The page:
“If you were putting mileposts along the way from 1960 to 2016, the GT was definitely a major milepost, if not the blossoming of the company. In the ’70s we came up to the energy crisis and the supercars hoo-haa about too much power, and the eventual demise of the GT, but it was an exciting time in the back end of the ’60s and the early ’70s. It was really all over by the end of the ’70s and Ford even dropped the V8 for a few years. There was a lot of emphasis on fuel economy then whereas we didn’t worry too much about fuel economy in the ‘60s!”
Harry Firth had developed the Bathurst-winning Cortina GT500 for Ford – it was the first ‘Bathurst special’ – and the Old Fox naturally had some input into the GT, but essentially it was developed by Ford Australia’s engineers from the available parts bin, which included an all-synchro close-ratio four-speed manual, a tall final drive, front discs, uprated suspension, wider wheels, faster steering, a long-range tank and various engine goodies that boosted the 289ci (4.7-litre) Windsor V8 by about 30 horsepower.
“Harry would have a little bit of a say in that he would know what was ideal for the race car. He’d push back on the [specification of the] production car to get the capability there. One thing we always talked about was the amount of clearance under the rear guards for wider wheels and tyres. The racing boys always wanted wider and wider rear guards to make room for more and more tyre capability. We used to fold up the flanges inside the guards to make a little bit more room for tyres; we
used to go to the ‘nth’ extreme to make sure we got the maximum out of the racecar.”
Did they get everything they wanted for the GT?
“You always want more… Ideally you would have had four-wheel discs right from the start and we would have loved a five-speed manual transmission, but I’d say we pretty much got what we needed. You’ve got to see where we were coming from – we were coming from a very vanilla car in the Falcon 500, so the amount of excitement we could add onto it was great. We were more than happy with that!” And who chose that iconic gold colour? “That was Bill Bourke’s flair: ‘I’m going to make a statement here – we’ll do it in just one colour and everyone will talk about it.’ And he was right. It was all part of making a splash when you’re a marketing man, and he was really special. We just said, ‘Bill, if that’s what you want, we’ll do it’. We realised we were on a marketing campaign; we were all excited about it and the more excitement in the bag the better.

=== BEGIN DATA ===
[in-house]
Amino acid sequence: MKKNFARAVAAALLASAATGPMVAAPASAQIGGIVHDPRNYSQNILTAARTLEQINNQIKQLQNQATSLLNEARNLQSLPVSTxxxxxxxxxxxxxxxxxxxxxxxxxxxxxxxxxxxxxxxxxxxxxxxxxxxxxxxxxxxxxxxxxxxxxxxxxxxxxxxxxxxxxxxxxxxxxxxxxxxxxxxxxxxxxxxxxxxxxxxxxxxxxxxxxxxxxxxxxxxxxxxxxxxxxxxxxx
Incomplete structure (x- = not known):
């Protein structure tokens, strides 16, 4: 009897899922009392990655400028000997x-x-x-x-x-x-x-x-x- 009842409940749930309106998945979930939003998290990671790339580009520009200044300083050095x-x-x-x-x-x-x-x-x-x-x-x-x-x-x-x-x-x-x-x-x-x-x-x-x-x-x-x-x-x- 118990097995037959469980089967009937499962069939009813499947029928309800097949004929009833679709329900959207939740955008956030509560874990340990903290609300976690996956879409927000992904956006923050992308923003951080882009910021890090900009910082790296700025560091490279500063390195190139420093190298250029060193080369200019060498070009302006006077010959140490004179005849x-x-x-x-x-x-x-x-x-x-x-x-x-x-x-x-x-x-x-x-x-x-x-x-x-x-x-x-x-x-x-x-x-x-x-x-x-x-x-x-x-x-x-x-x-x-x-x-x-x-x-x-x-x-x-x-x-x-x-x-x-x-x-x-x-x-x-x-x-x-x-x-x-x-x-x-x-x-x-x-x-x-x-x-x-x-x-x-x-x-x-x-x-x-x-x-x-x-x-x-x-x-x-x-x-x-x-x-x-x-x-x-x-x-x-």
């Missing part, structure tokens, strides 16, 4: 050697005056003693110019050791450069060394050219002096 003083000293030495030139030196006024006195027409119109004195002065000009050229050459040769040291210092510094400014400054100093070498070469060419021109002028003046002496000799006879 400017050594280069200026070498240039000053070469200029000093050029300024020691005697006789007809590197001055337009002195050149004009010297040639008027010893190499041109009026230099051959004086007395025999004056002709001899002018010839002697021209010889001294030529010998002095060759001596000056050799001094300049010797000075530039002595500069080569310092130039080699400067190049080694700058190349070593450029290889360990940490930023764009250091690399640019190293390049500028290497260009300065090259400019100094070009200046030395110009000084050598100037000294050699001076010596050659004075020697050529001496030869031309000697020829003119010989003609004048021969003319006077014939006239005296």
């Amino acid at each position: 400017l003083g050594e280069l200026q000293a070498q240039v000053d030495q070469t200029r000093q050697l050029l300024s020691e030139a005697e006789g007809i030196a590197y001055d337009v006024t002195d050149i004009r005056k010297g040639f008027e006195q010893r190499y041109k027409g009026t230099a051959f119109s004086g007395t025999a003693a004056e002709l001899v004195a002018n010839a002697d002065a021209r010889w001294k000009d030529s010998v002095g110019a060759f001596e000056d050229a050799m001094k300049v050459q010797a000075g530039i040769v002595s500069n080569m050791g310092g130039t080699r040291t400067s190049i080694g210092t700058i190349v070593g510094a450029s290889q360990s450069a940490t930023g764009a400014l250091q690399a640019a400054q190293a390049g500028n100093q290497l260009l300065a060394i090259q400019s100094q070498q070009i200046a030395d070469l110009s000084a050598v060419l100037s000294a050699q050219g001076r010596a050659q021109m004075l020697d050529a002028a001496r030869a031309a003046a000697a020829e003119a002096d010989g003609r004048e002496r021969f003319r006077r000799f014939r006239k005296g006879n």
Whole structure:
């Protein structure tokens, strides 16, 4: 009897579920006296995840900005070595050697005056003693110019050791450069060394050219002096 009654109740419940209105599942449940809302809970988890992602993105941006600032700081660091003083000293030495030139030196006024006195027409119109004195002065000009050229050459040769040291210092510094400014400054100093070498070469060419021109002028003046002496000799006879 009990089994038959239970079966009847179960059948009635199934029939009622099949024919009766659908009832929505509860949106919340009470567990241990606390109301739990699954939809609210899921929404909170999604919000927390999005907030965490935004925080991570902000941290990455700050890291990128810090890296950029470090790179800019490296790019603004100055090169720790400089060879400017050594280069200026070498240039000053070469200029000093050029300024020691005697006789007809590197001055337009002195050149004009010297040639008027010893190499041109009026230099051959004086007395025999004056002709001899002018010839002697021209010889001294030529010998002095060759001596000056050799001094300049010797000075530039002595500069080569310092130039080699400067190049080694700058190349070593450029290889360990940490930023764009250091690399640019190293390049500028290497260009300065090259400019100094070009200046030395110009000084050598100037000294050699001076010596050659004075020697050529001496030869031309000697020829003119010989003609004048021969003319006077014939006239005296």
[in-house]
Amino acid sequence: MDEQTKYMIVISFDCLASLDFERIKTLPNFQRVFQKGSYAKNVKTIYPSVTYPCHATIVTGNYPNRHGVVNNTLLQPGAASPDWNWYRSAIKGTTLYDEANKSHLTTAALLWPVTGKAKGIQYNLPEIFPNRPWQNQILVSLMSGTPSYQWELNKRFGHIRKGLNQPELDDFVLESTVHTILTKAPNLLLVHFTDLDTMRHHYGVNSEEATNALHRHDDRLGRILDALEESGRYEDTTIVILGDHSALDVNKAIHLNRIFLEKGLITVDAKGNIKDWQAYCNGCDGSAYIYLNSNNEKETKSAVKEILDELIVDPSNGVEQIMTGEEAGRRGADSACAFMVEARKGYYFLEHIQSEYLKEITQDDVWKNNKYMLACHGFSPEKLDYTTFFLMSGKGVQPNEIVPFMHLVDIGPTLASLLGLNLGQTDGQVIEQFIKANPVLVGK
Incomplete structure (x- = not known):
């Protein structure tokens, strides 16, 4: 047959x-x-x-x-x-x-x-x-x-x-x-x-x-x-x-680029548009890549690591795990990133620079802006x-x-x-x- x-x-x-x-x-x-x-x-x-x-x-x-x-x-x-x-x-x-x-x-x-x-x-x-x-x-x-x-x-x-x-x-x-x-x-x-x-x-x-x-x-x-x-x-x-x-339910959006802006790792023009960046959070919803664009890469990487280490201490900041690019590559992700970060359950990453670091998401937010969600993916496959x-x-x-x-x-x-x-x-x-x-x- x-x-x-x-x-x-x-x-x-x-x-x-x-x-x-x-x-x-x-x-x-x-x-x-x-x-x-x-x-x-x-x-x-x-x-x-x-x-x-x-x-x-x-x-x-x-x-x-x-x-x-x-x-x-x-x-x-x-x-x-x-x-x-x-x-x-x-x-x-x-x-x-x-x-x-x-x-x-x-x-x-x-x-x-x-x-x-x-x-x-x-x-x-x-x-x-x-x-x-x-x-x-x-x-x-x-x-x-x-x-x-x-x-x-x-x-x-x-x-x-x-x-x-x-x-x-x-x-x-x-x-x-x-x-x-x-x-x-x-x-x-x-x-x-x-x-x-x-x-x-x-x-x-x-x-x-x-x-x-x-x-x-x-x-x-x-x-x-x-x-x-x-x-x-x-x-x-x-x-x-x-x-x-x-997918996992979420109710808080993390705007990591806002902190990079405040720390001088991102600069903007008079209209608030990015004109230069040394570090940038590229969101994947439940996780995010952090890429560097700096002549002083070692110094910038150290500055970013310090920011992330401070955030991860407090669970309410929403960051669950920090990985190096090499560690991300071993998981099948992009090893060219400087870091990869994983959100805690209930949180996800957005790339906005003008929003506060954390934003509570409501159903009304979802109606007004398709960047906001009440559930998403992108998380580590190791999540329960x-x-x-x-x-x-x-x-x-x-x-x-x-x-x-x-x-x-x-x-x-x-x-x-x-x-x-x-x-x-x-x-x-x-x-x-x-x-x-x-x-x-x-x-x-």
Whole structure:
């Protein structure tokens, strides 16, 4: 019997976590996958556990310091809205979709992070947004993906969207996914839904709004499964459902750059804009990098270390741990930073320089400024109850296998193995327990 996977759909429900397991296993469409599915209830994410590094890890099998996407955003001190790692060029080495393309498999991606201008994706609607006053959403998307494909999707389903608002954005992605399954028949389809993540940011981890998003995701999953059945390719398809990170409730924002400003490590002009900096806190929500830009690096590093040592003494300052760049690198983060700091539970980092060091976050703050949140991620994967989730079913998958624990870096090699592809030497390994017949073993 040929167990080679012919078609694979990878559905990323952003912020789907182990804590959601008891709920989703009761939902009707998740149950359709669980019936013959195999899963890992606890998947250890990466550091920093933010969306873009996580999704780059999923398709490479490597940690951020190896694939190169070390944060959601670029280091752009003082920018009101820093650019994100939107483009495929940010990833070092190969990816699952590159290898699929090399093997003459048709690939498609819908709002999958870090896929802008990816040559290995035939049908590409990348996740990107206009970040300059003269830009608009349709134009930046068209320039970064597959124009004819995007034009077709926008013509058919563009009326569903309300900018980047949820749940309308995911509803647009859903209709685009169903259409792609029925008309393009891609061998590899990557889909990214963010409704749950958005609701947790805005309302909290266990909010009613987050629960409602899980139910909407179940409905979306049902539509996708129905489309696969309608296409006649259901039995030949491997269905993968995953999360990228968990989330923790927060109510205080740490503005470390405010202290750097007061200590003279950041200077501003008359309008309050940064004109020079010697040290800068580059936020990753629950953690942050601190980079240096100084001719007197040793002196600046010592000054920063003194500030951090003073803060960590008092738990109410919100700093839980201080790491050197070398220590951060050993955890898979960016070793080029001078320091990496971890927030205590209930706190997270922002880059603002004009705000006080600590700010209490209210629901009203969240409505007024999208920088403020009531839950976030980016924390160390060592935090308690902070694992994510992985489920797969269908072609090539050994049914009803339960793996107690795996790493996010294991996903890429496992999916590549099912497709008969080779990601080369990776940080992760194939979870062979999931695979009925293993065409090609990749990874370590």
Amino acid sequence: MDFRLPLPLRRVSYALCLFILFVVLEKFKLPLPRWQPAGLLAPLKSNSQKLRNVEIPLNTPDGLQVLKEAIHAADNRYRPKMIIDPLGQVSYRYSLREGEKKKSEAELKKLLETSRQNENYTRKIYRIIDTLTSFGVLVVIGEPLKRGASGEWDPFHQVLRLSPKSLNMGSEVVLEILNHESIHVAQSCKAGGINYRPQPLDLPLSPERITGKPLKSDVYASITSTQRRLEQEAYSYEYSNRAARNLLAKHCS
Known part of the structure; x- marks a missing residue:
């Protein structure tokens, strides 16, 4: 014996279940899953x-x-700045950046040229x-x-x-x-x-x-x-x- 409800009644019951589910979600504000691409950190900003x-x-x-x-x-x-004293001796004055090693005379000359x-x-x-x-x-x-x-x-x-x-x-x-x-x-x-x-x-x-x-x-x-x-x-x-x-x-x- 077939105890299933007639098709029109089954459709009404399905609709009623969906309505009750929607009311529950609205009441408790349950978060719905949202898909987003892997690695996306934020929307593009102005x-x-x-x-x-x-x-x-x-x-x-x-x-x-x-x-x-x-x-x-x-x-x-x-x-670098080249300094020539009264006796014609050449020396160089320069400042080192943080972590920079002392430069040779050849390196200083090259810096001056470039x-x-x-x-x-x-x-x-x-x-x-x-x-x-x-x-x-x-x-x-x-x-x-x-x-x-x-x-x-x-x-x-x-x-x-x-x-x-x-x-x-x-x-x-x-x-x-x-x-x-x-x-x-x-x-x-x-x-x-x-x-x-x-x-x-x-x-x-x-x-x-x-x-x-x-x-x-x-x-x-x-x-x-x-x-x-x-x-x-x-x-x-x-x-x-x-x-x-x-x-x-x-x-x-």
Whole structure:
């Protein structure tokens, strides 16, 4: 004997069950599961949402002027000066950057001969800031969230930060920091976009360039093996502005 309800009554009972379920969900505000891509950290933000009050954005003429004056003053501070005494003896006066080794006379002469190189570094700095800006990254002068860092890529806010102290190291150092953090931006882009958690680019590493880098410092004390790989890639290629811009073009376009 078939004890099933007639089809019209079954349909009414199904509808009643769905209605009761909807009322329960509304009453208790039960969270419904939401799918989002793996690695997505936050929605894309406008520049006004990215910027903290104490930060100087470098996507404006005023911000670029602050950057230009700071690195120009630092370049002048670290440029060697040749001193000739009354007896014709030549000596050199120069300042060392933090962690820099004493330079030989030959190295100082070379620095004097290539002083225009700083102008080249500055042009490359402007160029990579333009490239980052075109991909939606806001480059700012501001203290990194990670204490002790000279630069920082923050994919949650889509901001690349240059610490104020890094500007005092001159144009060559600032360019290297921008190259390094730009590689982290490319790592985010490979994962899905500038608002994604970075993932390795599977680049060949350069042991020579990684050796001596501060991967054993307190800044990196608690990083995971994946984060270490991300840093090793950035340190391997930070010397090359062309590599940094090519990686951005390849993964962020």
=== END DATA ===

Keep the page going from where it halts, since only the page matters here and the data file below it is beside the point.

“Bill changed the nature of the company from being an old-fashioned manufacturing company into a marketing company and that really was the blossoming of the company. He’s the one person you’d talk about in terms of turning the company around.”
Vaughan, who famously drove the facelifted XT GT to third place in the 1968 London-Sydney Marathon, was not then in charge of motor sport at Ford Australia, as he would be later (en route to becoming company vice-president), but he was at Bathurst in 1967 to see Firth and Fred Gibson lead a resounding victory for ‘his’ GT. “Yes, we were up there and very excited.”
There’s that word again – excitement. It sums up the original Aussie muscle car, and all of those that have followed.
“If you were putting mileposts along the way from 1960 to 2016, the GT was definitely a major Falcon milepost, if not the blossoming of the company.” – Ian Vaughan